Japan is a bit of an interesting case, but the article neglects to note that the debt generated by Japanese National Railways before its privatization was absorbed by the Japanese state which also includes the R&D and capital costs of building a sizable chunk of the core Japanese high speed railway network. Japan has a well run high speed railway network, but it’s not the magical example of private development that some would make it out to be.

    Rail in the US is very expensive.

    Hell, even building highways in the US is rather crazy. Just compare the Tappan Zee Bridge replacement to the Oresund Link…

    Mind you, I’ve read that article, and this topic has been a point of contention for a lot of transit advocates who would like to see cheaper transit costs from automation, single person operation, proof of payment schemes, and lower capital costs. If we had lower costs, certain cities could get away with tunnels in lieu of street running segments and other cribs designed to reduce costs.

    • trumwill says:

      Re: Silicon Valley

      I don’t understand what you’re saying.

      Re: Texas

      I found the two sides to be talking past one another on that one. Bruenig is trying to show why they could pay that much in Texas, while Ozimek is looking at why they don’t (and/or shouldn’t have to). I suspect, though, that Alaska pays as much as it does in part because it’s not worth their while nationally to roll out a more automated system, but that Texas is large enough that a labor shortage or minimum wage hike there would cause the national chains to re-evaluate their options.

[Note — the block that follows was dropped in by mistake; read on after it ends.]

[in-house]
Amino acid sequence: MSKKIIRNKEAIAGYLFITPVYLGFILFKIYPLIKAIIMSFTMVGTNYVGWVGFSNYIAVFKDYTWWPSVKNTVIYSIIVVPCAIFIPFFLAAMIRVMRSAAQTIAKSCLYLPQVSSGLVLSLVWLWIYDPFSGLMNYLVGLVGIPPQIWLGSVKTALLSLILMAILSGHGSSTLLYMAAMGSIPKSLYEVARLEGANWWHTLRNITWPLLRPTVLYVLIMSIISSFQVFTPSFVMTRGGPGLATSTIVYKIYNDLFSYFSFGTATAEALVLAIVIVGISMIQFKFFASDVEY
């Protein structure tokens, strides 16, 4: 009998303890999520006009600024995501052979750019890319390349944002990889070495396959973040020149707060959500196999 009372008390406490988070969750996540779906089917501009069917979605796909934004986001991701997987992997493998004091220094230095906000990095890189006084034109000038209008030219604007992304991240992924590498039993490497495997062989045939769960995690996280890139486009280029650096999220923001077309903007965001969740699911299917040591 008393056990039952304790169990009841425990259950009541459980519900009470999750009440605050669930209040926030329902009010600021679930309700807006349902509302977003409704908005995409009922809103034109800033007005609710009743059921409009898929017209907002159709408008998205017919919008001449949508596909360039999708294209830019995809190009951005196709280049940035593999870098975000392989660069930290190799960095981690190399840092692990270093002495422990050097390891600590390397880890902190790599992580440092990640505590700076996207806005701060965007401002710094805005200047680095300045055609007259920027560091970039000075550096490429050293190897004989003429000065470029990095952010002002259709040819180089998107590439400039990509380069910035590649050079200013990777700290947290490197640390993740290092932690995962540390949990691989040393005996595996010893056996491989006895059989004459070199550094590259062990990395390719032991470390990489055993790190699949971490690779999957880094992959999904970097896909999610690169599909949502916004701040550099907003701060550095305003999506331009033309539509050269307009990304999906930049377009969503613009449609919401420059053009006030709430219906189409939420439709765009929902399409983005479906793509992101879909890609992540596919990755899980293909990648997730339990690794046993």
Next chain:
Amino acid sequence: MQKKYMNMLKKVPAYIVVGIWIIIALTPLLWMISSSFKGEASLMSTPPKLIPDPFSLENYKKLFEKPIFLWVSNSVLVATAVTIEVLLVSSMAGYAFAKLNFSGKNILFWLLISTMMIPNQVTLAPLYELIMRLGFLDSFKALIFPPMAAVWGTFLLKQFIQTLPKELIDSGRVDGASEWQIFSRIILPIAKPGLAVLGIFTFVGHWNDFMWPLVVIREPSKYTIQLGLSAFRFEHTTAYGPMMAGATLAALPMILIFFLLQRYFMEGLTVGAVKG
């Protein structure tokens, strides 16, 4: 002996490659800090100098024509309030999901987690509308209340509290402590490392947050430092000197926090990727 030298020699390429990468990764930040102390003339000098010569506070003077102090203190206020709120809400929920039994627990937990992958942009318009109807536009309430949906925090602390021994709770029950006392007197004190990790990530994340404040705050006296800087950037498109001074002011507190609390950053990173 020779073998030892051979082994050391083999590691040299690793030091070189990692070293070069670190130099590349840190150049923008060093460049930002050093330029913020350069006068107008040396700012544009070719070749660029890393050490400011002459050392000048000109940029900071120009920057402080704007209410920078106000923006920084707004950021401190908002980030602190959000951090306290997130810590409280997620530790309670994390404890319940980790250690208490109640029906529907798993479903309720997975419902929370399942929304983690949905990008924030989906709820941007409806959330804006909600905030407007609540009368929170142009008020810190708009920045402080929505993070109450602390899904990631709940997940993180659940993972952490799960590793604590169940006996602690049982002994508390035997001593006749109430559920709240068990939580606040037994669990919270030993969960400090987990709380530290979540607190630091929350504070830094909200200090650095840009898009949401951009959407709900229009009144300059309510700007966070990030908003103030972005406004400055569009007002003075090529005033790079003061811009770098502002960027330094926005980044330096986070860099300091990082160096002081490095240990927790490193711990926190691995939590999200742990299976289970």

I always appreciate your perspective on rail. Josh Barro made the comment that modern conservatism is so terrible that it makes liberals do stupid things. For instance, pushing liberals to support cost-inflated project because conservatives are so much more interested in killing the projects than trying to set parameters that would lower their costs. It was an interesting point.

    • I don’t understand what you’re saying.

      I was arguing that a IT consultancy firm like IBM is far more dependent on foreign labour sources than say, Google or a small start up.

      conservatives are so much more interested in killing the projects